Long lifetime Best suited to underfloor heating

Plus, both types of heat pump are eligible for payments through the Renewable Heat Incentive.

Get FREE Central Heating Quotes Now

Find professional heating engineers in your local area

Electric heating options for your home

The ideal electric heating system for your home depends on the size of your property and whether you have any garden space to spare.

Infrared panels, for example, can be fitted into a room of any home while an electric boiler can only meet lower demand for heating and hot water. When it comes to heat pumps – especially ground source heat pumps – sufficient outdoor space is essential.

House Type Bedrooms Bathrooms Garden Electric Heating Options
Small house, flat, terrace or bungalow 1-2 1 No Electric boiler, infrared heaters or night storage heater
Medium terrace, bungalow or semi-detached house 2-3 1-2 Yes Infrared heaters, night storage heater, ASHP or GSHP
Large semi-detached or detached home 4+ 2+ Yes Infrared heaters, ASHP or GSHP

How much do electric heating systems cost?

Electric storage heaters and infrared panels tend to be available at the lowest price while ground source heat pumps are the most expensive. Remember that you will have to invest in several storage heaters or infrared panels as they’re both designed to be installed around the home like radiators.

The table below shows the least you might expect to pay for each of the electric heating options before factoring in the installation.

  • Electric boilers: £1,000 – £4,050+
  • Infrared heaters: £150 – £500+
  • Night storage heaters: £100 – £550
  • Air source heat pumps: £4,000 – £11,000
  • Ground source heat pumps: £8,000 – £18,000

The minimum price between the 3 electric heating systems is pretty significant but remember that when it comes to infrared panels and night storage heaters, you’ll need to invest in 1 for each room – potentially taking the cost up to the £1,000 mark.

Not included in the prices above is the installation, which you’ll also need to factor in. To make sure that you get the most competitive price for installation, we highly recommend comparing multiple quotes.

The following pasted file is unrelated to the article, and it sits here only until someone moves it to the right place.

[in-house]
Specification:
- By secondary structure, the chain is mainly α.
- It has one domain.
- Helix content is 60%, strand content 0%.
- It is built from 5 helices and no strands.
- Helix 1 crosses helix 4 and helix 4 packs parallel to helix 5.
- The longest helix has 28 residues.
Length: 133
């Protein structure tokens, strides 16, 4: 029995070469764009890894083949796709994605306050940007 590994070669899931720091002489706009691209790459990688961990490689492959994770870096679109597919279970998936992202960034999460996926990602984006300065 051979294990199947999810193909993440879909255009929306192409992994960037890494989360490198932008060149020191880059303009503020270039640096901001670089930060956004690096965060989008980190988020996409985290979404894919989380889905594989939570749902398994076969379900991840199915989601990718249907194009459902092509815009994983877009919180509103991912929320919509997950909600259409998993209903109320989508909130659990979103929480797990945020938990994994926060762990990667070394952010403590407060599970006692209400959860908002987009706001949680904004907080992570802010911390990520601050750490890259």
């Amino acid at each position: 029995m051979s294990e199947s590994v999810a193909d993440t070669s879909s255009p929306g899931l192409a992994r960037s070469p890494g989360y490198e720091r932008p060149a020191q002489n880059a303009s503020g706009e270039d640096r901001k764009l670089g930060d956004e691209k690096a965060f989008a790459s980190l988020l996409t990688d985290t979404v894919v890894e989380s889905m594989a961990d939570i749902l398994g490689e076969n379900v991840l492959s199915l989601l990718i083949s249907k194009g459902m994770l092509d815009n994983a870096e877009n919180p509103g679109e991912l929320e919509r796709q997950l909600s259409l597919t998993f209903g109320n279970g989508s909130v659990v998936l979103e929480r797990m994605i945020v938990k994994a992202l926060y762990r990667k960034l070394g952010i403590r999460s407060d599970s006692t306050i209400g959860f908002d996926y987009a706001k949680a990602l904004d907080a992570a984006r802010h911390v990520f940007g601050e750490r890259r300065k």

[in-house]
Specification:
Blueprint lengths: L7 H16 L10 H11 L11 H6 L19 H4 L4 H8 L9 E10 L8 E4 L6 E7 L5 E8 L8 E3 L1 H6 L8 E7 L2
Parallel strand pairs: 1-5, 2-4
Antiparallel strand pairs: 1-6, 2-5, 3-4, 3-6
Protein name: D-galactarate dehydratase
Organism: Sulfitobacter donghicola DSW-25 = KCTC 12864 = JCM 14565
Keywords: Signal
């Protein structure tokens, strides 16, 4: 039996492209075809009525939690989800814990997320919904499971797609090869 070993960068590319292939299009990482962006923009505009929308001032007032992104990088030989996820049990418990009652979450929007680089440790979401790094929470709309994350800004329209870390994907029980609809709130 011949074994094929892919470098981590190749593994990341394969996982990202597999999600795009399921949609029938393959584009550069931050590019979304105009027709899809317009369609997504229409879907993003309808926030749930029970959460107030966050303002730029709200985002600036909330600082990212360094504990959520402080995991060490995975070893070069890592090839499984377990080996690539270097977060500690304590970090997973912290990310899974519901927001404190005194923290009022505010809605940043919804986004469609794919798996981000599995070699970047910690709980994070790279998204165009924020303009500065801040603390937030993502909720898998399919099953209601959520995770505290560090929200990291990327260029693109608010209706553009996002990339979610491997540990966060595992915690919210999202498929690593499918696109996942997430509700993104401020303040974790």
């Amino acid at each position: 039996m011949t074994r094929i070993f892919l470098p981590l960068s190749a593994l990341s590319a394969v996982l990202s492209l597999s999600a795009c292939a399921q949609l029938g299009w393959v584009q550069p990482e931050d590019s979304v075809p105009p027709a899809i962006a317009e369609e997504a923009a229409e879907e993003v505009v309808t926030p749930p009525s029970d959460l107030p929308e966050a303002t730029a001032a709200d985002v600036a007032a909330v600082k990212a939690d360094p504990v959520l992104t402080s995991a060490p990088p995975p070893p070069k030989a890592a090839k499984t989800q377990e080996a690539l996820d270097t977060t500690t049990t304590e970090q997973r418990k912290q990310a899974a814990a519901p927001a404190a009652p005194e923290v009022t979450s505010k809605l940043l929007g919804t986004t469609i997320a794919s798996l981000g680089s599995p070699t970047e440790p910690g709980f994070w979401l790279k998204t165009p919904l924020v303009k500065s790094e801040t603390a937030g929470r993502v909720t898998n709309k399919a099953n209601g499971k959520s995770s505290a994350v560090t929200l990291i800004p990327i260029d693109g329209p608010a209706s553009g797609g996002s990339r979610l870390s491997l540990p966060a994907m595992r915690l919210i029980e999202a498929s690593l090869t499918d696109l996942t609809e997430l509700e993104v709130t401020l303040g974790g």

Electric heating system running costs

It’s well known that electricity is expensive and that can often put many homeowners off an electric heating system.

In the UK, the majority of electricity is produced by burning fossil fuels which isn’t exactly an environmentally-friendly way of doing things. In fact, electricity generation produces twice as much carbon than natural gas production. Due to this, electricity is considered carbon intensive and pays the price of a fuel factor which, in turn, increases the price of electricity.

So, in terms of an electric central heating boiler, the unit itself doesn’t produce any emissions as it works to heat a home and domestic hot water. This makes electric boilers 99-100% efficient. However, the ErP rating (used to show the efficiency of an appliance) is often a lowly D because of the fuel factor that makes electricity expensive.

Fuel Average Running Costs per kWh (UK)
Natural gas 3.8p
Oil 5.2p
LPG 6.8p
Electricity 14.4p

As more energy suppliers turn to renewable generation, the price of electricity could begin to drop as less carbon is being produced. Some suppliers are already offering up a completely ‘green’ service and National Grid expect electricity generation to be carbon neutral as early as 2025.

Use our Guide to Switching Energy Supplier to find the best tariff for your home.

Electric heating installation quotes

Comparing multiple quotes will help you to find the most competitive price when it comes to the installation of an electric heating system.

To help you find those quotes, visit Boiler Guide where you can get free quotes from up to 3 heating engineers based in your area by taking a few moments to complete a simple form. Once you’ve received the quotes, you can compare them and be confident that you’re hiring the most suitable installer.

Get FREE Central Heating Quotes Now

Find professional heating engineers in your local area

Post navigation

PREVIOUS POST

The London Underground is famous for lots of things, good and bad, but there’s no...

Post navigation

NEXT POST

Solar glass or photovoltaic glazing is a type of solar technology which is gaining...

Up to £450 off a New British Gas Boiler*

Free, fixed price quote through a video call or home visit. You choose!

£99 Fixed Cost Boiler Repair

Emergency, one-off boiler repairs starting from just £99 with British Gas.

British Gas HomeCare Offer

Get One Month FREE with selected British Gas HomeCare products


ad300x250-boilerinstall-blog

British Gas Boiler Offer